Universal Pictures and Strike Entertainment have set Frank Miller to adapt the Raymond Chandler novella “Trouble Is My Business” as a star vehicle for Clive Owen.
Strike partners Marc Abraham and Eric Newman are producing; Owen and Phil Clymer exec produce.
“Sin City” was Miller’s first collaboration with Owen. “Trouble Is My Business” was chosen partly because it provides the actor with a similar chance to frame the narrative with a compelling voiceover, using Chandler’s hardboiled prose as hard-drinking private eye Philip Marlowe cracks cases, busts heads and romances femme fatales in 1940s Los Angeles.
While many of Chandler’s novels have been turned into films, “Trouble Is My Business” is virgin territory.
“Frank Miller knows more about noir than anyone I have ever met, and clearly the writing of Raymond Chandler has been an enormous influence on his life and his work,” Owen said. “Miller adapting Chandler seemed like a perfect match.”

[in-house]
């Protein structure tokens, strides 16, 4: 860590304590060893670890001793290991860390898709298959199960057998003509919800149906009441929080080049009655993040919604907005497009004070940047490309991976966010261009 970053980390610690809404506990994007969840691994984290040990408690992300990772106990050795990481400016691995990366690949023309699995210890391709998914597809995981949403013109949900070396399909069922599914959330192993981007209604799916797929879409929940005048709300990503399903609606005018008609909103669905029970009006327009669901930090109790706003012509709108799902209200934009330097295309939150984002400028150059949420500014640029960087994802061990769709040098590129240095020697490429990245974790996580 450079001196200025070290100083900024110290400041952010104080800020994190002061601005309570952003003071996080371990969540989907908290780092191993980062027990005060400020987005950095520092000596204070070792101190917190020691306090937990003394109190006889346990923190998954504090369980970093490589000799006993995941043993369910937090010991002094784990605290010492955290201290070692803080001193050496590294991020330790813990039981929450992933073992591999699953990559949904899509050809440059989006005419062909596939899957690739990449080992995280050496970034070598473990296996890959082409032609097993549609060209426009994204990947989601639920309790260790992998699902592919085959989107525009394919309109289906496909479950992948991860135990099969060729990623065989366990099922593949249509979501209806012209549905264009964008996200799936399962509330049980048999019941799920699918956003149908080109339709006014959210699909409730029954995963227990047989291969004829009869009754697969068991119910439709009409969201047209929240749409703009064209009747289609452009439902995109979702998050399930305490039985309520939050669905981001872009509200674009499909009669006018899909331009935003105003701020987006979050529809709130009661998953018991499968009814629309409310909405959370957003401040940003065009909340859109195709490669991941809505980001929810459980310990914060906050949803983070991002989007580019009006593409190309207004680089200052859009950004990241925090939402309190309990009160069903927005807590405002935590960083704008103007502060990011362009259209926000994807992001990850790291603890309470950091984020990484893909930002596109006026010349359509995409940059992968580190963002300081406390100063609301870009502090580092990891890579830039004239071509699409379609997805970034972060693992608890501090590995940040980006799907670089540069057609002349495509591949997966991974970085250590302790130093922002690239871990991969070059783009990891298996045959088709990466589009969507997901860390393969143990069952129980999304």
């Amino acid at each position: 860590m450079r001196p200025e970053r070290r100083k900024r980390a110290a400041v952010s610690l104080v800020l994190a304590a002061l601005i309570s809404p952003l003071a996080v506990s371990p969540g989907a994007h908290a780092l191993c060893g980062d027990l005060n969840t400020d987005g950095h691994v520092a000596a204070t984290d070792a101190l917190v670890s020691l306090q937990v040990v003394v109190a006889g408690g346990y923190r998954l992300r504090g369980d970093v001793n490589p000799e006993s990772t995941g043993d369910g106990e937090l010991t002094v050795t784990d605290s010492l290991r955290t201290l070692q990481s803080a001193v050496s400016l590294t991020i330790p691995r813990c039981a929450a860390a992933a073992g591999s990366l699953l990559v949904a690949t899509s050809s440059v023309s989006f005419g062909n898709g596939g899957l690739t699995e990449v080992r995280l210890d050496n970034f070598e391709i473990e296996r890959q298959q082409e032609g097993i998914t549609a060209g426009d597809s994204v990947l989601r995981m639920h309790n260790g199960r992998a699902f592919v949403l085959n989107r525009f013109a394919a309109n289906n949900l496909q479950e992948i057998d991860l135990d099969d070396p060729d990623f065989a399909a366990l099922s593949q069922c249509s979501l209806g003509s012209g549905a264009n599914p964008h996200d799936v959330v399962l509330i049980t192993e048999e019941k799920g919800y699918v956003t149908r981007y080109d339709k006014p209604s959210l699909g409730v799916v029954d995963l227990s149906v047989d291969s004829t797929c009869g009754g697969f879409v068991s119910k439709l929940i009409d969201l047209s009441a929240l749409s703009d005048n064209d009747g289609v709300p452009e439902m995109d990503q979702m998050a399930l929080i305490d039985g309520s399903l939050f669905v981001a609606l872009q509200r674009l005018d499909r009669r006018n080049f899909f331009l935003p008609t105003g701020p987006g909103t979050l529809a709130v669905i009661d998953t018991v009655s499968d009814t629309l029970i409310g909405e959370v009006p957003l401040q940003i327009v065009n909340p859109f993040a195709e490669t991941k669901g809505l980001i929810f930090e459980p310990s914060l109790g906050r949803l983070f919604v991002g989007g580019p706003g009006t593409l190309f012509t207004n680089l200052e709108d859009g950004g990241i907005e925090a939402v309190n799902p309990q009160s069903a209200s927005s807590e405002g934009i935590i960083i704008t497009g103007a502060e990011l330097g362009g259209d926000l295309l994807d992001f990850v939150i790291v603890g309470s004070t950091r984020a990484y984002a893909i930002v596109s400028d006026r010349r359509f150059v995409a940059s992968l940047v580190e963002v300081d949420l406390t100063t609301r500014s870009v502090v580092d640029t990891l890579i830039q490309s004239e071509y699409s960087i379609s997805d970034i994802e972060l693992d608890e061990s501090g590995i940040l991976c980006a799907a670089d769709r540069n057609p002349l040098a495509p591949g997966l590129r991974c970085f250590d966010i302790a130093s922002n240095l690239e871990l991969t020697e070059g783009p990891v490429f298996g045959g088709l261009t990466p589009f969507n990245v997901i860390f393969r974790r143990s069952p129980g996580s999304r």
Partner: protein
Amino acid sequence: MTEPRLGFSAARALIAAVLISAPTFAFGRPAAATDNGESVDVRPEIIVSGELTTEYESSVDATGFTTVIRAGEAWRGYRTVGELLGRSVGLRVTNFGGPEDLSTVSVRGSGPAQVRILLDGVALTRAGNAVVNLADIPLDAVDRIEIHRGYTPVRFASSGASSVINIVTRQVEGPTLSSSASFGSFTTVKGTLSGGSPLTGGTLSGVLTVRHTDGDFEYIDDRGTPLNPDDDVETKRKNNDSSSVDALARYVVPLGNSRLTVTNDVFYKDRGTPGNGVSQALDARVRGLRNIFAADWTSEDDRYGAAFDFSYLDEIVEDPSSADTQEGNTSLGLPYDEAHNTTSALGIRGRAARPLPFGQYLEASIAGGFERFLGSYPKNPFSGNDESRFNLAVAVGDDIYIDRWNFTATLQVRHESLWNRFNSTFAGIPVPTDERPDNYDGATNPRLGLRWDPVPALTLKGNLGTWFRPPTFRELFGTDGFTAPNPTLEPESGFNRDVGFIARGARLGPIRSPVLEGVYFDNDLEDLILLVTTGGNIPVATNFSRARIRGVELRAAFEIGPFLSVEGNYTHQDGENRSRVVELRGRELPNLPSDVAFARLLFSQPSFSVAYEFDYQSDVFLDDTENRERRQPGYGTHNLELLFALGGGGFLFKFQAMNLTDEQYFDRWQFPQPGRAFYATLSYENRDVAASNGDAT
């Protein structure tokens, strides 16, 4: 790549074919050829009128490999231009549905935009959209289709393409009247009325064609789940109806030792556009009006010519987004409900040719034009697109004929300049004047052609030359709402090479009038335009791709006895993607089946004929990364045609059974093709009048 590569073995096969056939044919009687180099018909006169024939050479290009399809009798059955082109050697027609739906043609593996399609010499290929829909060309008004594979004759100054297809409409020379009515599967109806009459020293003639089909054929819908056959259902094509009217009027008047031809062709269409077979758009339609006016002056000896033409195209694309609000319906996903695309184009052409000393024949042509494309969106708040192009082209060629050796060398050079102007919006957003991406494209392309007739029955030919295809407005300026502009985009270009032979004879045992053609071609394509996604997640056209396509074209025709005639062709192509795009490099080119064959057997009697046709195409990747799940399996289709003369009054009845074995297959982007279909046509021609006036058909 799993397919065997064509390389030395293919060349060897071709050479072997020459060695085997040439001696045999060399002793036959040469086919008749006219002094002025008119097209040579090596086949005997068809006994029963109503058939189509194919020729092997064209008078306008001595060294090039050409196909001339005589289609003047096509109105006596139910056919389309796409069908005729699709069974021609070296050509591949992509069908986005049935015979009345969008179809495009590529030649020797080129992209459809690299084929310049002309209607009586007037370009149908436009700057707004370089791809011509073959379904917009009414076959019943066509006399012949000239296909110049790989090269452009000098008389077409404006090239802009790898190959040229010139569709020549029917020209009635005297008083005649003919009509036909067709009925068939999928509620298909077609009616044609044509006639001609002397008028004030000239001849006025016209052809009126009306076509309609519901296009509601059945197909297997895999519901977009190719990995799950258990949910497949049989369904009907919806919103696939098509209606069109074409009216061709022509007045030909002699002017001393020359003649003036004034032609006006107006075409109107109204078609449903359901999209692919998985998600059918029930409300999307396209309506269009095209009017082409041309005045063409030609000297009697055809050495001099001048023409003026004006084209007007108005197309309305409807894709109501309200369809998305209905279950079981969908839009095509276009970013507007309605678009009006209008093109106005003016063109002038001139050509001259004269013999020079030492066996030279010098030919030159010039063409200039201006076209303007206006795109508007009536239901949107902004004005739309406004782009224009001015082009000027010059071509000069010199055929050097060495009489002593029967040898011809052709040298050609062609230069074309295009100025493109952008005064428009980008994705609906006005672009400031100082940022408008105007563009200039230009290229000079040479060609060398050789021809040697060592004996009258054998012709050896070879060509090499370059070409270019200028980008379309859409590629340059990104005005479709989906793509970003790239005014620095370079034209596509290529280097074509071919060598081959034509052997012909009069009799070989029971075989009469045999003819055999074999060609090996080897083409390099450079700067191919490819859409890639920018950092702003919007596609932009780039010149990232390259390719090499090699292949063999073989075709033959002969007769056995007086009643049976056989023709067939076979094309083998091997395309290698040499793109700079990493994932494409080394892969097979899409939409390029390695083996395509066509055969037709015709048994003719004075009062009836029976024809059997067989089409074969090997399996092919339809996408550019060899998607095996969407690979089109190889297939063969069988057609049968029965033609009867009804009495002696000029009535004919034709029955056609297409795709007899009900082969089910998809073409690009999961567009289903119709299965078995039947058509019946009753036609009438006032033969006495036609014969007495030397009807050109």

Looking to set up another project with Owen after “Children of Men,” Strike and Universal made an option deal last winter for Chandler’s Philip Marlowe mysteries with Clymer’s U.K.-based Chorion
, which controlled the rights (Daily Variety
, Jan. 23). They just recently decided on which title would kick off a potential series of films.
Deal comes as Miller takes a more active hand in writing and directing films. His graphic novel “300” was turned into a hit movie by Zack Snyder, and his graphic novel “Ronin” is being adapted as a directing vehicle for “Stomp the Yard” helmer Sylvain White. Miller is writing to direct a film based on Will Eisner graphic novel “The Spirit.” Miller is working on a “Sin City” sequel he’ll co-direct once again with Robert Rodriguez.
Owen, who’ll next be seen starring with Cate Blanchett in “The Golden Age” for Universal, and in the New Line action film “Shoot-‘Em-Up,” is prepping the Tom Tykwer-directed “The International” for Columbia Pictures.
Strike is in pre-production on “The Creature From the Black Lagoon,” a Breck Eisner-directed remake that Abraham and Newman are producing with Gary Ross, who wrote the script for Universal.